"He's shallow," Mitina chimed in. "Not believing in much."
Belov said the dispassionate persona Onegin projects is hard to pinpoint and even harder to sing. "It's not flashy for two acts. Then, in the third act, he finally breaks out of his emotional shell."
(The long, calculated tension followed by overwhelming melodic release is a big reason for the enthusiasm of those who love "Onegin.")
A scholar of Russian vocal music, as well as a teacher, with several publications to his credit, Belov said the key to Onegin's soul -- such as it is -- may lie in a part of the original book that isn't in the opera. During Onegin's wanderings abroad, Tatiana goes to his deserted mansion and finds his collection of books. "Onegin reads a lot of books," Belov said. "That's part of the problem."
Tatiana peruses his library, particularly noting what he has underlined and notes he's made in the margins; she wonders if "perhaps he's a parody of the romantic hero."
Like Lord Byron's "Childe Harold," another self-absorbed and brutally selfish character. "Pushkin initially adored Byron," Belov said, "but in the end he despised him."
At this point the conversation between the two singers switched -- in a very Russian way, complete with numerous earnest asides in Russian -- from music to literature, specifically to Alexander Pushkin, who wrote the verse novel on which Tchaikovsky based his opera.
"We call him the Russian Shakespeare," Mitina said, "and not for nothing."
Serious fiction, children's stories, ground-breaking essays and profound poetry were all part of Pushkin's output over a life that lasted less than 40 years. He's been described as Dickens, Keats, Thomas Paine and Hans Christian Andersen all rolled into one. His writing is still adored and known by heart throughout the Russian-speaking world.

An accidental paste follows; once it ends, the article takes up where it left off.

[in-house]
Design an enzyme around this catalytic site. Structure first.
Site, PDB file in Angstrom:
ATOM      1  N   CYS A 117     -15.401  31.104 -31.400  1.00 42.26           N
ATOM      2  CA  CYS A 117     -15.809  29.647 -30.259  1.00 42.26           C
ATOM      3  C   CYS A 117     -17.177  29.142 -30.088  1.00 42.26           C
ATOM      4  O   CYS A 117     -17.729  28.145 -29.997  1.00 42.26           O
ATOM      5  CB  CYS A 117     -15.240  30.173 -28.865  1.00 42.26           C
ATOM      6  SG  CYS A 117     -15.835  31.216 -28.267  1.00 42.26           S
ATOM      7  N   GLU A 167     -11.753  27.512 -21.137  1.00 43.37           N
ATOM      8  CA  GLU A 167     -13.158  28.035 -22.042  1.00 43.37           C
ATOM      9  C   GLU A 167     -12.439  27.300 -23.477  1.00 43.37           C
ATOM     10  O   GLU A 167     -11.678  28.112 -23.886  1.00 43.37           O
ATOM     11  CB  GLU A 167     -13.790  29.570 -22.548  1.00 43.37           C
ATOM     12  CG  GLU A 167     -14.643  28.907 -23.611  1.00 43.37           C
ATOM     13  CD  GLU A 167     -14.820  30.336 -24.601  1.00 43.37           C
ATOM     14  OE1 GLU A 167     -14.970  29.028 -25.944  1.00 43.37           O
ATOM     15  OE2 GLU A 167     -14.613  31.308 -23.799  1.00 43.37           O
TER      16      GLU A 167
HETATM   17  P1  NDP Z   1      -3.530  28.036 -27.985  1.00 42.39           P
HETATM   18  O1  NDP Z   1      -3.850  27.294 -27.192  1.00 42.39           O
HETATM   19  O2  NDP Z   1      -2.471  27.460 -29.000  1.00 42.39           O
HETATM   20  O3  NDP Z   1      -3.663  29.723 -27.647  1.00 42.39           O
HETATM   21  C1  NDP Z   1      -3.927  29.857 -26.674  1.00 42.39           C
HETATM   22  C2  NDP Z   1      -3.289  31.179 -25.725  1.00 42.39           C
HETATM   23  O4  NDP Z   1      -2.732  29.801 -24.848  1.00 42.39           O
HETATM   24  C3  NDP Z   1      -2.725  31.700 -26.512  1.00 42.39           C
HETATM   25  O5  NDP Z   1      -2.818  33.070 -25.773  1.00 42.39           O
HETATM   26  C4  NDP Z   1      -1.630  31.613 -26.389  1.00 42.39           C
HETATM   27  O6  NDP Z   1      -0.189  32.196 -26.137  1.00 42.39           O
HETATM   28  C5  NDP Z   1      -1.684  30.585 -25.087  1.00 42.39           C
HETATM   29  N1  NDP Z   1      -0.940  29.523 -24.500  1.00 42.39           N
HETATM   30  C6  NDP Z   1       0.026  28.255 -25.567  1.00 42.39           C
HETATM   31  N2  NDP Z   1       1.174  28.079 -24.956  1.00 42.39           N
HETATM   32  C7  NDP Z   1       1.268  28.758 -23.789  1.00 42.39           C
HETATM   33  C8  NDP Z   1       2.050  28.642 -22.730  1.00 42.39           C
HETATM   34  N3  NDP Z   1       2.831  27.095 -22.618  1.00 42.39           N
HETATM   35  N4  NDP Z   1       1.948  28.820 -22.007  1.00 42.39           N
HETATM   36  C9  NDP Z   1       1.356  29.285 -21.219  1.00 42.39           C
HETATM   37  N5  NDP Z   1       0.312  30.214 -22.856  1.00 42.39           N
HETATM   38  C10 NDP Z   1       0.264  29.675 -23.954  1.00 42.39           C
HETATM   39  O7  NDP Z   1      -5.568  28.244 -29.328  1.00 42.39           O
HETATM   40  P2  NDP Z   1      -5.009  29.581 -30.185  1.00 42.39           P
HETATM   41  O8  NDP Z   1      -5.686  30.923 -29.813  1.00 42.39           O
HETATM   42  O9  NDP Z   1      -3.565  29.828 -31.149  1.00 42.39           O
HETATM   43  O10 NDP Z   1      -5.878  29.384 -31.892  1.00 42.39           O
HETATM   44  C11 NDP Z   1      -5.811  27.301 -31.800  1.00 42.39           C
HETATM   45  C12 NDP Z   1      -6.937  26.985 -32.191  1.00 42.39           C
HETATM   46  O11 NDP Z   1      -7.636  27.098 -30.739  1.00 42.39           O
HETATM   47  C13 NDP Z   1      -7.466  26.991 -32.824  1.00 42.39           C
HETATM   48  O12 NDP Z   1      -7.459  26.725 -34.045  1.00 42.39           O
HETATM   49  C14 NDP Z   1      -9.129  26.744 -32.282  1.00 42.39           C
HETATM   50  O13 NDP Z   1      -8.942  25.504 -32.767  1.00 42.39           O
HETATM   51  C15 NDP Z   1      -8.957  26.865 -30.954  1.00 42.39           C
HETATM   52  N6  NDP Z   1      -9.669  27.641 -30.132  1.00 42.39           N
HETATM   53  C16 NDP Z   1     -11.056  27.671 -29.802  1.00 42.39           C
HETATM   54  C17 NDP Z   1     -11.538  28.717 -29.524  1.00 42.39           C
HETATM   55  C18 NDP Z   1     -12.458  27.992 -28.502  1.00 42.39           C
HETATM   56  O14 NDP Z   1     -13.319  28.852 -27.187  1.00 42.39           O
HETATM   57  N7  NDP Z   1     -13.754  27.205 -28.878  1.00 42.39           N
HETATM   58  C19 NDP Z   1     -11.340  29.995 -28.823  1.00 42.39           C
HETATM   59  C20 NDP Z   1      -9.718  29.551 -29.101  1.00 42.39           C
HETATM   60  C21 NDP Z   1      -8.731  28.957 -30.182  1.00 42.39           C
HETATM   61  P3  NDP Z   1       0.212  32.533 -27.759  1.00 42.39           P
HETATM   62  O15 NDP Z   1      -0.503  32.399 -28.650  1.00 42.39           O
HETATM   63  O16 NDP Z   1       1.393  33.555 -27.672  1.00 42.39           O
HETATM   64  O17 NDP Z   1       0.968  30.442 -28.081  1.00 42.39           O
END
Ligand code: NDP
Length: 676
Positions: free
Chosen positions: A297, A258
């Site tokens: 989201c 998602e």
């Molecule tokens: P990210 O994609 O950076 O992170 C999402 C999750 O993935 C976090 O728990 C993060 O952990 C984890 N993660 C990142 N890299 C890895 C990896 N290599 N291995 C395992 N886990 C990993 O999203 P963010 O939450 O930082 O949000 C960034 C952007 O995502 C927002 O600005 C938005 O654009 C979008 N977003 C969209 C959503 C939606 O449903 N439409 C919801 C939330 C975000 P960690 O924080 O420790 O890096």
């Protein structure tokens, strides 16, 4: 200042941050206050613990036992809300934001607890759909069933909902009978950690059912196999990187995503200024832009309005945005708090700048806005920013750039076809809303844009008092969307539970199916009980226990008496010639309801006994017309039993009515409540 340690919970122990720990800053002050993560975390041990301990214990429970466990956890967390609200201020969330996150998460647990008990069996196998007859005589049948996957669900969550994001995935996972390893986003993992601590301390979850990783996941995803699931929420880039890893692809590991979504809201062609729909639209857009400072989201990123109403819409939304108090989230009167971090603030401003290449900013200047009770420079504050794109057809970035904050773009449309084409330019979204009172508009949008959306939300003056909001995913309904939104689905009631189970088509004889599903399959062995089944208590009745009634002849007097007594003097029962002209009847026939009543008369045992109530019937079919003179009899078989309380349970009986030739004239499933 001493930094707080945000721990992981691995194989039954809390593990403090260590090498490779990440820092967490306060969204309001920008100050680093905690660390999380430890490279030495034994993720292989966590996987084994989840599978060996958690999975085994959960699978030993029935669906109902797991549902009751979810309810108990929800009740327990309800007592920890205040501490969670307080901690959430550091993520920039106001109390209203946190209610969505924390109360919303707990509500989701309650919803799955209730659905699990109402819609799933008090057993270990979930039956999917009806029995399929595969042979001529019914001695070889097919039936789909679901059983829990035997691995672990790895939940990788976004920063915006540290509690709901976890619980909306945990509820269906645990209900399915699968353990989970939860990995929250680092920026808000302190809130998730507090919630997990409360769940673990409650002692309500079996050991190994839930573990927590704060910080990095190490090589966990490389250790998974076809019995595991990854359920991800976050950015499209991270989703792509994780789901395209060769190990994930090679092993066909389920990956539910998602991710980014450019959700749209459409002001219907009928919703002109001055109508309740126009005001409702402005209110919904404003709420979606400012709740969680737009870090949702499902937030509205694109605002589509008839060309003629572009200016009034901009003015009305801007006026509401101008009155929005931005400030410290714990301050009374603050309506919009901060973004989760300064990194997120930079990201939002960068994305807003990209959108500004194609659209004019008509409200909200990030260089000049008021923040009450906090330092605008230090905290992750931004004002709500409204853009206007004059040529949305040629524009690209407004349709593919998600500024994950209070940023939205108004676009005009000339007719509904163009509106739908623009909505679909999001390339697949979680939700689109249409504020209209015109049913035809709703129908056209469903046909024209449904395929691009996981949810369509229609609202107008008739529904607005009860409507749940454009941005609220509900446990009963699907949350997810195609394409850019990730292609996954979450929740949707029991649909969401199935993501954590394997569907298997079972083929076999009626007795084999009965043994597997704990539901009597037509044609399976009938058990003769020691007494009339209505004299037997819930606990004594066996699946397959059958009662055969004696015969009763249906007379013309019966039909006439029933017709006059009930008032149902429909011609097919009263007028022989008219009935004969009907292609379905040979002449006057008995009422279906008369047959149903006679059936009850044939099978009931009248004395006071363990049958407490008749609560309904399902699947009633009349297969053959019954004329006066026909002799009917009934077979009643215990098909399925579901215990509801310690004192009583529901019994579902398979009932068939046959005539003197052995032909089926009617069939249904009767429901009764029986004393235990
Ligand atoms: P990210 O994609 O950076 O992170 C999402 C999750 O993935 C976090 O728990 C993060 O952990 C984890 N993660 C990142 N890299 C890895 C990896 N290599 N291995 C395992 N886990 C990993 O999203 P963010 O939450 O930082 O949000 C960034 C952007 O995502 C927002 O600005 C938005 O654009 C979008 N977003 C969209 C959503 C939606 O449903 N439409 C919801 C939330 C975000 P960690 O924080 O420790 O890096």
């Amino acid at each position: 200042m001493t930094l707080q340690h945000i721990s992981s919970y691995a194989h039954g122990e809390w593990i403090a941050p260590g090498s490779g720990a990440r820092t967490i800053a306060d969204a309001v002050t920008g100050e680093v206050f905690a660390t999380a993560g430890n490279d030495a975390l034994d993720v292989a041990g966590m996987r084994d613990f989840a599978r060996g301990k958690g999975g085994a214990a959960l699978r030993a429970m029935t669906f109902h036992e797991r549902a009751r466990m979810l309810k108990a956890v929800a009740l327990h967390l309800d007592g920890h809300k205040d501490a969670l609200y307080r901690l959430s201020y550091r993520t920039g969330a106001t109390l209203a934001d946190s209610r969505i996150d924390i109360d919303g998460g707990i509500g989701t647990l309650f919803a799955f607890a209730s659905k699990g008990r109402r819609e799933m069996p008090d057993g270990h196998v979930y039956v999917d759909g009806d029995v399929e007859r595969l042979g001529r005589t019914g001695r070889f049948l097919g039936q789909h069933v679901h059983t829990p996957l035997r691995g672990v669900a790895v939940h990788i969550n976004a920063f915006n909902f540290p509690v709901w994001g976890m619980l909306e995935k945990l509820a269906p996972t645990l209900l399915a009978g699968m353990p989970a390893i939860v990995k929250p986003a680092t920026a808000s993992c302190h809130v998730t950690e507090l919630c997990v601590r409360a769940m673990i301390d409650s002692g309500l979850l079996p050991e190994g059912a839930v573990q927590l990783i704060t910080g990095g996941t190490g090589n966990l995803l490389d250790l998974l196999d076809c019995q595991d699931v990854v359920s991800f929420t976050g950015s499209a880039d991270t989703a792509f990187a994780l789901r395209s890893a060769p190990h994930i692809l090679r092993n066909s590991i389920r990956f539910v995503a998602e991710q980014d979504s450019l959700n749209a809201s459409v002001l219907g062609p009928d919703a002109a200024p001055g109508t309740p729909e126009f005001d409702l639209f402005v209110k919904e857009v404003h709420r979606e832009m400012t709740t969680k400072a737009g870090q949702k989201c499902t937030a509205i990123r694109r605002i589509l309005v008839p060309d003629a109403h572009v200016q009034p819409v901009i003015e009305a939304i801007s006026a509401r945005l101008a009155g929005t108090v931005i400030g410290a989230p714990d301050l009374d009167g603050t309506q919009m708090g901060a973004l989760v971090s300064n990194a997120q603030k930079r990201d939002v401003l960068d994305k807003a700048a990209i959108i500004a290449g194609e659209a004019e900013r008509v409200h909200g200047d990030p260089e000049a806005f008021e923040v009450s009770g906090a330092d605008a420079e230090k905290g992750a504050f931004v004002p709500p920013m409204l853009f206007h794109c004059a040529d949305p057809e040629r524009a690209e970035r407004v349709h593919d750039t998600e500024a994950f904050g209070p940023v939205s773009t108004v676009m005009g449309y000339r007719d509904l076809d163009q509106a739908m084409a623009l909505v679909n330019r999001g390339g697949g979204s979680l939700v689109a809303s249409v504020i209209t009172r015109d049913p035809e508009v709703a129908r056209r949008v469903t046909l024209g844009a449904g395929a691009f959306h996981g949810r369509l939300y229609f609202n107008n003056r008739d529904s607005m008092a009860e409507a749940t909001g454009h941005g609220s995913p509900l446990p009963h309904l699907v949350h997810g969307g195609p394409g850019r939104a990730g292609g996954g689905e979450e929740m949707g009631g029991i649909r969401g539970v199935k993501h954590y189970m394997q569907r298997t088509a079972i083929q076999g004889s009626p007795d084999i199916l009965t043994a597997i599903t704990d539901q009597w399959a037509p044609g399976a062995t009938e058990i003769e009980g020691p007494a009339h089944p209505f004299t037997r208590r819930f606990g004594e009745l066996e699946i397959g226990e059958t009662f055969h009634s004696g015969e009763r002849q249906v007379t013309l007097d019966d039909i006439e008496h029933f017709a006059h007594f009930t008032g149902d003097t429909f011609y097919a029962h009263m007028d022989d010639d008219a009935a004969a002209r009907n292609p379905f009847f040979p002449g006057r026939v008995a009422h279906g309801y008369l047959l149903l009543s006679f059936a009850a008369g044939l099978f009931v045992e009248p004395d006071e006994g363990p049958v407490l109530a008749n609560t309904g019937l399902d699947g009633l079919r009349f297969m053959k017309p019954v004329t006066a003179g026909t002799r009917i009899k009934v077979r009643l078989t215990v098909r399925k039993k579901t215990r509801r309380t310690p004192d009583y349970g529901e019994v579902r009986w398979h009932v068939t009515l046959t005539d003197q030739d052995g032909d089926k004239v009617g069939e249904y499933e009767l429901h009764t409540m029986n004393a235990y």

To illustrate this, on Feb. 8, during a break from the run, Belov will be joined by the Russian American Colony Singers and pianist Svetlana Velichko in a wide-ranging program of solo and choral music that uses Pushkin's poetry, all arranged to follow his life story. It's hard to think of any other author for whom such a concert would be possible.
Part of "Onegin's" lasting popularity in book form is because "it's so easy to read, so witty and funny," said Belov.
"He's always playing with words, inventing new words," said Mitina.
There's a history of scholarly interpretation of "Onegin." Belov mentioned Dostoyevsky's reading of it as reflecting a proud and prejudicial aristocracy that had lost its connection to the common people. "But that's a nationalist approach," he added.
It's ironic that "Onegin" would be the most successful of Tchaikovsky's numerous operas, said Belov. (Less than a handful are performed now, even in Russia, Mitina said.) He cited an observation by music critic Cesar Cui to the effect that Tchaikovsky was a melodist who did not set good poets for his songs. "And for 'Onegin,' he cut-and-pasted a lot. The fight at the ball in the second act isn't even in the book."
Where the opera and book concur is their depiction of the hero's confused identity. "Throughout the book, Tatiana asks the question, 'Who is he?' " Belov said.
That's never quite answered, said Mitina. "The opera really ends with a huge question mark."
As to why other composers never went for lead parts with such ambiguity, Belov said, "Opera loves one-dimensional characters."
"I don't know about that," said Mitina. "Is Tosca one-dimensional?"
Hardly, but we do know a lot about her five minutes into the opera. That contrasts with Onegin who. Belov said, "has a lot underneath, but doesn't like to show it."
The discussion would surely have sprawled into any number of fascinating new directions, but it was time for the principals to get back to rehearsals.
ERIK HILL / Anchorage Daily News
Anton Belov and Veronica Mitina appear in the Anchorage Opera production of "Eugene Onegin," which is performed in Russian.
Photo courtesy Anchorage Opera
Anton Belov plays Escamillo, the toreador, in Anchorage Opera's production of "Carmen." Belov has the title role in "Onegin."